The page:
Sramana: I remember NetIQ very well, but a lot of my readers may not. Could you review the premise under which you founded NetIQ?
Tom Kemp: NetIQ was a systems management company around the Windows platform. At that time Microsoft had come out with Windows server and they were coming out with server applications such as Exchange and SQL Server. At NetIQ, we believed that those applications would become mission critical platforms. We felt that e-mail with Exchange would be very important and that people would be very upset if there was poor performance or if the product went down.
We built products to monitor the servers and the Windows platform. We built the product the right way and we addressed a real pain point. From our prior experience at Ecosystems, we knew that it would be very important to have a must-have product. It had to be a product that scratches a real itch. It was a combination of building the product the right way the first time and addressing a pain point. We then had to be ready to ride a wave, and in the mid 1990’s that wave was Microsoft going into the datacenter. Four years after we formed the company, we were able to go public in July 1999. I left the company in 2003. It was a phenomenal entrepreneurial experience to be able to be a part of starting that company.
Sramana: What was your role in that company?
Tom Kemp: Initially, I was the VP of Marketing. I eventually became the General Manager and ultimately ran strategy and corporate development as well. The next thing that I wanted to do from a career perspective was be the CEO. I had done sales and managed engineers. I had done marketing and the next thing on my bucket list was to start my own company and be the CEO. After I left NetIQ in 2003, I took some time off and then became an EIR at Mayfield before founding Centrify.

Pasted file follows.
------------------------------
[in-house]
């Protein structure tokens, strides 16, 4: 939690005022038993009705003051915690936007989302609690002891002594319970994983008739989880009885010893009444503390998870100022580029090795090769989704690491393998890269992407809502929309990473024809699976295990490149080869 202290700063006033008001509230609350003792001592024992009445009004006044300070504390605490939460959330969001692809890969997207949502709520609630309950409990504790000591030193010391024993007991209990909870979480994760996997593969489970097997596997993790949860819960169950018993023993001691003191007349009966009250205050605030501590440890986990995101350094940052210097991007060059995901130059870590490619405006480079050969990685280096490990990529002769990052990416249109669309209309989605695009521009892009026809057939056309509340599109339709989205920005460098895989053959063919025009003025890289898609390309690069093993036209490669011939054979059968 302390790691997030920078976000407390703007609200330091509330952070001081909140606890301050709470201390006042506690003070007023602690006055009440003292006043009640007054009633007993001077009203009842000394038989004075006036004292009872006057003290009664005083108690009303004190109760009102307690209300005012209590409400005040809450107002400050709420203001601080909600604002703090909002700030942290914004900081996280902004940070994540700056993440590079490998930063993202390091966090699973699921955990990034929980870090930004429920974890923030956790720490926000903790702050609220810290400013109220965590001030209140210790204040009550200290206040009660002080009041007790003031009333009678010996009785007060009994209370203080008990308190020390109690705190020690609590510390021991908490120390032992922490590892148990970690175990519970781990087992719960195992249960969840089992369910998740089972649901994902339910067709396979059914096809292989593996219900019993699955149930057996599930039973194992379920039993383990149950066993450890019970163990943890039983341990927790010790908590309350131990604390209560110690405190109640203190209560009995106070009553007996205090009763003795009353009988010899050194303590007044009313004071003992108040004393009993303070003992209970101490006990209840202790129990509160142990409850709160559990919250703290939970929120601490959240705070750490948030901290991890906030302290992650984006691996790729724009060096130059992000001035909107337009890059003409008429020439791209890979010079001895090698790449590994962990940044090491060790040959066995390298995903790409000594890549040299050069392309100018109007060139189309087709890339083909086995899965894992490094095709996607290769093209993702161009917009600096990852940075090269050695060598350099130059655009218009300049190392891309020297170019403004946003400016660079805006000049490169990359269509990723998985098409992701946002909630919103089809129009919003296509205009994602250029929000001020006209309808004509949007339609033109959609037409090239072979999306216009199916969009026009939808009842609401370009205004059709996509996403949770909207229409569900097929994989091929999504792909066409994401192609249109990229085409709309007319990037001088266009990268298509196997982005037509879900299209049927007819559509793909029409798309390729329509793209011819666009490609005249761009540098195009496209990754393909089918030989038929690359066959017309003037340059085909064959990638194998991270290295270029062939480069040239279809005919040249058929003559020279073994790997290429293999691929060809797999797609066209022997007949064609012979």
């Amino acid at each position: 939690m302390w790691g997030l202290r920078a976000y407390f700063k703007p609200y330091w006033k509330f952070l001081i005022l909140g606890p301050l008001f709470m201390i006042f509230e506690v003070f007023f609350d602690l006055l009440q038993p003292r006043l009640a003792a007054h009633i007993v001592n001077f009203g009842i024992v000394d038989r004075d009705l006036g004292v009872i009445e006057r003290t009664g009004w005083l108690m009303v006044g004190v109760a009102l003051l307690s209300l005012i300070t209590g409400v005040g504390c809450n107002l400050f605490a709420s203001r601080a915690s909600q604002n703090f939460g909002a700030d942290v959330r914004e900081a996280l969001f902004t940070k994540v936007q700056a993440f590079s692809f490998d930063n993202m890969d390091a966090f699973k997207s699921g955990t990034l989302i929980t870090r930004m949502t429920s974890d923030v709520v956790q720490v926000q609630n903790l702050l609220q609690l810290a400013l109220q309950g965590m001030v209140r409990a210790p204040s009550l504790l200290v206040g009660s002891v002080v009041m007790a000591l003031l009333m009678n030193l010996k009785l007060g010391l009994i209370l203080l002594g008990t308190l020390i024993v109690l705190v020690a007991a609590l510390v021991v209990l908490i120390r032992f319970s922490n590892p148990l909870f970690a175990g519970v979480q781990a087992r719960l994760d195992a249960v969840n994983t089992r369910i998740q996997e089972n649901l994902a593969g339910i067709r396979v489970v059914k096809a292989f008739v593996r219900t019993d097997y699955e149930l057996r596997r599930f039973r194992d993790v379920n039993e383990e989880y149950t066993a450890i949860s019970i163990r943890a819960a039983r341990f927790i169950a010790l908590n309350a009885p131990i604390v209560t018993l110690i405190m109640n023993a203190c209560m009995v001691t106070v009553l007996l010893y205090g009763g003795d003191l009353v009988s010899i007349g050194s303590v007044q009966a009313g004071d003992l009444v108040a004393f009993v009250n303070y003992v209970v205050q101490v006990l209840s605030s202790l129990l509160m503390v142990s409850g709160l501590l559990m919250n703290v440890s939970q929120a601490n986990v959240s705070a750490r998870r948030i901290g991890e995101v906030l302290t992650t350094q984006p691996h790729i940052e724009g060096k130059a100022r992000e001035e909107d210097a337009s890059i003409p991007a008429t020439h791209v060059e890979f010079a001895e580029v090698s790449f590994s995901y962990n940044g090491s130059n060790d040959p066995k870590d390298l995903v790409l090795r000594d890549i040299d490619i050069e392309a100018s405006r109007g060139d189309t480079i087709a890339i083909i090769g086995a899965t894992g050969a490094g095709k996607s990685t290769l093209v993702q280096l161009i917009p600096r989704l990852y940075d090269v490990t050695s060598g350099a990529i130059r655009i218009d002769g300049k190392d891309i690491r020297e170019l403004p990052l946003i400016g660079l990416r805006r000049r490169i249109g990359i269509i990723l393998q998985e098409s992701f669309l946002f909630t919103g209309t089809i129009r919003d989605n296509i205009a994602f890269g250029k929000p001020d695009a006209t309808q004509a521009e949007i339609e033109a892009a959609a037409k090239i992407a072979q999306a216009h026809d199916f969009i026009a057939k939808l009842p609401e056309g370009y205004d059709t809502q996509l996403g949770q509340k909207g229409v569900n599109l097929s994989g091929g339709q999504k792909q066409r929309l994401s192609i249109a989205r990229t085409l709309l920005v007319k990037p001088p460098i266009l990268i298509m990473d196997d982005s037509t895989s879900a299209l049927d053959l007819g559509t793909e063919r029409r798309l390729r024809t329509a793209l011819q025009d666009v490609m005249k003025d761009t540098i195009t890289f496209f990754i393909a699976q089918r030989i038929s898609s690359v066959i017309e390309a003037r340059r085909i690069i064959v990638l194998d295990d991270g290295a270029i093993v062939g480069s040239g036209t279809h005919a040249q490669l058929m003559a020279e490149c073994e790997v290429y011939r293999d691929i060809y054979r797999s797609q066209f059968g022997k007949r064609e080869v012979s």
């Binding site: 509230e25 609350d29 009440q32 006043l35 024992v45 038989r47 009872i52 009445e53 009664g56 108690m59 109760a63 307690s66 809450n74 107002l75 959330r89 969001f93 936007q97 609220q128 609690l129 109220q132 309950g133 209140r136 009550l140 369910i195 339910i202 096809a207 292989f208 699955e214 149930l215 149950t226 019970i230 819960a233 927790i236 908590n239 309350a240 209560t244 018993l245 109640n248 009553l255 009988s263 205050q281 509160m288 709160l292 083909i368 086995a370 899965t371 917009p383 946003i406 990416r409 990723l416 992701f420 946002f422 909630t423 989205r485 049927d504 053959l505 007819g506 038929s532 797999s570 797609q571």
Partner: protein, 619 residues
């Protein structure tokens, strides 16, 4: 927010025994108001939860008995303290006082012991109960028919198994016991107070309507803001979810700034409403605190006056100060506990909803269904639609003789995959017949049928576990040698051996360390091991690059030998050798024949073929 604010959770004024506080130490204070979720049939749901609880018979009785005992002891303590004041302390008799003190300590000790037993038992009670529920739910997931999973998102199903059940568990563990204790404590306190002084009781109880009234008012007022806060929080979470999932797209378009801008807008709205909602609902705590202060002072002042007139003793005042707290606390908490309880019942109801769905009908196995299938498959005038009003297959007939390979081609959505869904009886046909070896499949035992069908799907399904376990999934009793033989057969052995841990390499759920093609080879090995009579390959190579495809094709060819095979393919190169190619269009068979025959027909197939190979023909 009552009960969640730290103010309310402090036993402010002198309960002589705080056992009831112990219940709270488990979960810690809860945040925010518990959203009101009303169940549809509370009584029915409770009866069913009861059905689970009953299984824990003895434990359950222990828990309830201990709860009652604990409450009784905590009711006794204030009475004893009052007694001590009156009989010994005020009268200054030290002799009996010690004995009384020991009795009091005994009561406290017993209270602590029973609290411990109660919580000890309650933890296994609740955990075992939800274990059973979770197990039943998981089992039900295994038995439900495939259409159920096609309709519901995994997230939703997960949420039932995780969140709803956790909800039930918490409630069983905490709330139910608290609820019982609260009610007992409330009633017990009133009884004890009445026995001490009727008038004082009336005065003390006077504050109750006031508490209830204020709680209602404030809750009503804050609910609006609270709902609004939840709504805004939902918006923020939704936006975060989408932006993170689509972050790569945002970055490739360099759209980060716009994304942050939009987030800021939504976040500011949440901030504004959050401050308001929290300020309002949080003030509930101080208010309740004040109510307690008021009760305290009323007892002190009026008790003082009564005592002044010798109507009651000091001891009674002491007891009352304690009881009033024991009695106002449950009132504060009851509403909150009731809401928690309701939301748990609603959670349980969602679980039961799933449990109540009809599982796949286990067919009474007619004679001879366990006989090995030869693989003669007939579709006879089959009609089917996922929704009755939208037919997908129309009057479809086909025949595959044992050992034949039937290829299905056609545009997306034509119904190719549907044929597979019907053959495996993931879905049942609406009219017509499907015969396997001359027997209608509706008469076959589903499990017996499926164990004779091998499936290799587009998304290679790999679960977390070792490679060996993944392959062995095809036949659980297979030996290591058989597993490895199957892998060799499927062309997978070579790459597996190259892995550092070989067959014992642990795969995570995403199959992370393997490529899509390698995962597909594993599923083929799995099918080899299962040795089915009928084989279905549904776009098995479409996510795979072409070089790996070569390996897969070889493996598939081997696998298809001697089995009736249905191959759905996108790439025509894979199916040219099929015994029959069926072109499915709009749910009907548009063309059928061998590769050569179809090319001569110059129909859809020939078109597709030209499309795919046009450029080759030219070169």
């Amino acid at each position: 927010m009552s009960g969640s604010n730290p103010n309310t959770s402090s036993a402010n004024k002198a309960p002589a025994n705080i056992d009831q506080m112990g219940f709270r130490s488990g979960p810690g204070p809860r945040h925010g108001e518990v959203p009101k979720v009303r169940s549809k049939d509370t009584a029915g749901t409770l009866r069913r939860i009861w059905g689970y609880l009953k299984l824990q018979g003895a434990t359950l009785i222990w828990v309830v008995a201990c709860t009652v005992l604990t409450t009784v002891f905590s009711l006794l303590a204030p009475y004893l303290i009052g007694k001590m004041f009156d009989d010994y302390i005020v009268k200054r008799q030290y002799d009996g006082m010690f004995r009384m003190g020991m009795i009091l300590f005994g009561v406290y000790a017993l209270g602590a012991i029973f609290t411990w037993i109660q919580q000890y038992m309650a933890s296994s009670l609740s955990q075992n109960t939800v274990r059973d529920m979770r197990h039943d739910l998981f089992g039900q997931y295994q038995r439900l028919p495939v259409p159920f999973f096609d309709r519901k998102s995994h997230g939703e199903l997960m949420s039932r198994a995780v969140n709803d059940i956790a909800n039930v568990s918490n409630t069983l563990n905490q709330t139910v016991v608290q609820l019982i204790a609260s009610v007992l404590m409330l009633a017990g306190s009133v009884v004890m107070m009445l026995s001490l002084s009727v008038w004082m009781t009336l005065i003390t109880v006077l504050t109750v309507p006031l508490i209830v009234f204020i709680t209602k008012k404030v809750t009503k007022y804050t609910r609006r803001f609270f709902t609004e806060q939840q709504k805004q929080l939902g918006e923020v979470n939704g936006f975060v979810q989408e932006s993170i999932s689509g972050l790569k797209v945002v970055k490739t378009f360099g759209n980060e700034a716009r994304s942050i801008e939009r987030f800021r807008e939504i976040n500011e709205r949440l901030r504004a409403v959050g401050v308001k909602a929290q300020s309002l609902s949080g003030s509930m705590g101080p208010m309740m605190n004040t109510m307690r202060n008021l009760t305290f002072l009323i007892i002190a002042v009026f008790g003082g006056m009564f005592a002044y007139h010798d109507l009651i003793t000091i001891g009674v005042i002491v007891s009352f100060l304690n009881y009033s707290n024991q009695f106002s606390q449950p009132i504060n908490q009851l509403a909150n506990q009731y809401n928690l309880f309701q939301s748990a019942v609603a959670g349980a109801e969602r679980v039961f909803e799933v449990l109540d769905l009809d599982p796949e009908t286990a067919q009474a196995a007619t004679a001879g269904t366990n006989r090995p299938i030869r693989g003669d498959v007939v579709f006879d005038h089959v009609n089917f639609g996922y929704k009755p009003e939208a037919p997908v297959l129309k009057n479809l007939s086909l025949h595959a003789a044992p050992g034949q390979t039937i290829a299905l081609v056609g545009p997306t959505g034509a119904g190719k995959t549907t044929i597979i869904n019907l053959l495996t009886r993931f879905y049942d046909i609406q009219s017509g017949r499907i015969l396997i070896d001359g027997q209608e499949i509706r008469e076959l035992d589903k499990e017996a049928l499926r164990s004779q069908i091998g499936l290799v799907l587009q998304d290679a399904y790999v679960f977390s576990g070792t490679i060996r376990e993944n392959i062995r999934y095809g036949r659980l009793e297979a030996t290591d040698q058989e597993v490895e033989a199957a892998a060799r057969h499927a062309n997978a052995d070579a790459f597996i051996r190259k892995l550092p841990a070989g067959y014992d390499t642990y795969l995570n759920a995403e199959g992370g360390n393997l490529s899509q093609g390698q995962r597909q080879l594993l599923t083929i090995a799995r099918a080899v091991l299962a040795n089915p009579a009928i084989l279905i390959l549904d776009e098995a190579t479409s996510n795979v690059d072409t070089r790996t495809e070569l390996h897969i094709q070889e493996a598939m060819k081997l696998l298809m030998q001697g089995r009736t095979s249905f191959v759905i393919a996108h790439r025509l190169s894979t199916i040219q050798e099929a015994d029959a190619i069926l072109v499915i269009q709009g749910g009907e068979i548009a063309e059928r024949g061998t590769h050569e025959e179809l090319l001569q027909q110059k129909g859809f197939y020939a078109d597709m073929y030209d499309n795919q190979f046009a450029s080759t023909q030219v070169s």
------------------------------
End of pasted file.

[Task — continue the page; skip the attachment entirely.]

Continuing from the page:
Sramana: Was Mayfield an investor at Centrify?
Tom Kemp: No they were not. NetIQ was bootstrapped and then we got some rich people in Asia Pacific who knew the founders to put some money in as well. In the end, NetIQ only raised $12 million and was able to go public in July 1999.
Sramana: At what point in the company history did you raise the $12 million?
Tom Kemp: There was an initial round of financing when the company was formed in 1996. Before the company went public, we raised another round of financing. In those days, we only had $21 million in sales in trailing 12 month revenues. The IPO borrow was much smaller. You did not have to raise as much capital. Nowadays, the IPO bar is $75 million to $100 million. It is almost three times what it used to be. What you are seeing now are that most companies that go public have raised over $75 million. Everyone talks about how cheap it is with AWS but it still takes a lot of money to build a company that can be significant.